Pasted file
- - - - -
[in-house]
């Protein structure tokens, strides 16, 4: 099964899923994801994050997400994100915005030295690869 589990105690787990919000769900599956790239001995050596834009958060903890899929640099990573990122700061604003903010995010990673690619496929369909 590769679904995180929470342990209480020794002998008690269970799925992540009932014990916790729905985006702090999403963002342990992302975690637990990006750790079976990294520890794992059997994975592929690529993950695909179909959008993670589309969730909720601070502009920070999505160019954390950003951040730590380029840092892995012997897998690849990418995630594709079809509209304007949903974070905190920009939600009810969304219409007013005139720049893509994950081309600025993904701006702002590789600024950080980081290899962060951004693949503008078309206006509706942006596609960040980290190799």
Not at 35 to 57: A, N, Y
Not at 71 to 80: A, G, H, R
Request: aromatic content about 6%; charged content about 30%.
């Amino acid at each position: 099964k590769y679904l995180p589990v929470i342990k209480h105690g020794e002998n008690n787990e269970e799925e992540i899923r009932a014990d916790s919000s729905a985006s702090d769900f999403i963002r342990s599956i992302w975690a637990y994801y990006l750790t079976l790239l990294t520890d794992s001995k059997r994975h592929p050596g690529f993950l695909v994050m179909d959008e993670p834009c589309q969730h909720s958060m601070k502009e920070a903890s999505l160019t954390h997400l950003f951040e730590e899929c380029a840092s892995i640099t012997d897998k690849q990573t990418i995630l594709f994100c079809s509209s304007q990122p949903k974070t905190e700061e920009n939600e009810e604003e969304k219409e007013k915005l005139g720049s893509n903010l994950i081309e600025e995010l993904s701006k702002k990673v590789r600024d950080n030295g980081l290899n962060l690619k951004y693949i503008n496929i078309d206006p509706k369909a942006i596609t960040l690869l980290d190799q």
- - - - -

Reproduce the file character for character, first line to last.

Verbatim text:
[in-house]
């Protein structure tokens, strides 16, 4: 099964899923994801994050997400994100915005030295690869 589990105690787990919000769900599956790239001995050596834009958060903890899929640099990573990122700061604003903010995010990673690619496929369909 590769679904995180929470342990209480020794002998008690269970799925992540009932014990916790729905985006702090999403963002342990992302975690637990990006750790079976990294520890794992059997994975592929690529993950695909179909959008993670589309969730909720601070502009920070999505160019954390950003951040730590380029840092892995012997897998690849990418995630594709079809509209304007949903974070905190920009939600009810969304219409007013005139720049893509994950081309600025993904701006702002590789600024950080980081290899962060951004693949503008078309206006509706942006596609960040980290190799």
Not at 35 to 57: A, N, Y
Not at 71 to 80: A, G, H, R
Request: aromatic content about 6%; charged content about 30%.
């Amino acid at each position: 099964k590769y679904l995180p589990v929470i342990k209480h105690g020794e002998n008690n787990e269970e799925e992540i899923r009932a014990d916790s919000s729905a985006s702090d769900f999403i963002r342990s599956i992302w975690a637990y994801y990006l750790t079976l790239l990294t520890d794992s001995k059997r994975h592929p050596g690529f993950l695909v994050m179909d959008e993670p834009c589309q969730h909720s958060m601070k502009e920070a903890s999505l160019t954390h997400l950003f951040e730590e899929c380029a840092s892995i640099t012997d897998k690849q990573t990418i995630l594709f994100c079809s509209s304007q990122p949903k974070t905190e700061e920009n939600e009810e604003e969304k219409e007013k915005l005139g720049s893509n903010l994950i081309e600025e995010l993904s701006k702002k990673v590789r600024d950080n030295g980081l290899n962060l690619k951004y693949i503008n496929i078309d206006p509706k369909a942006i596609t960040l690869l980290d190799q």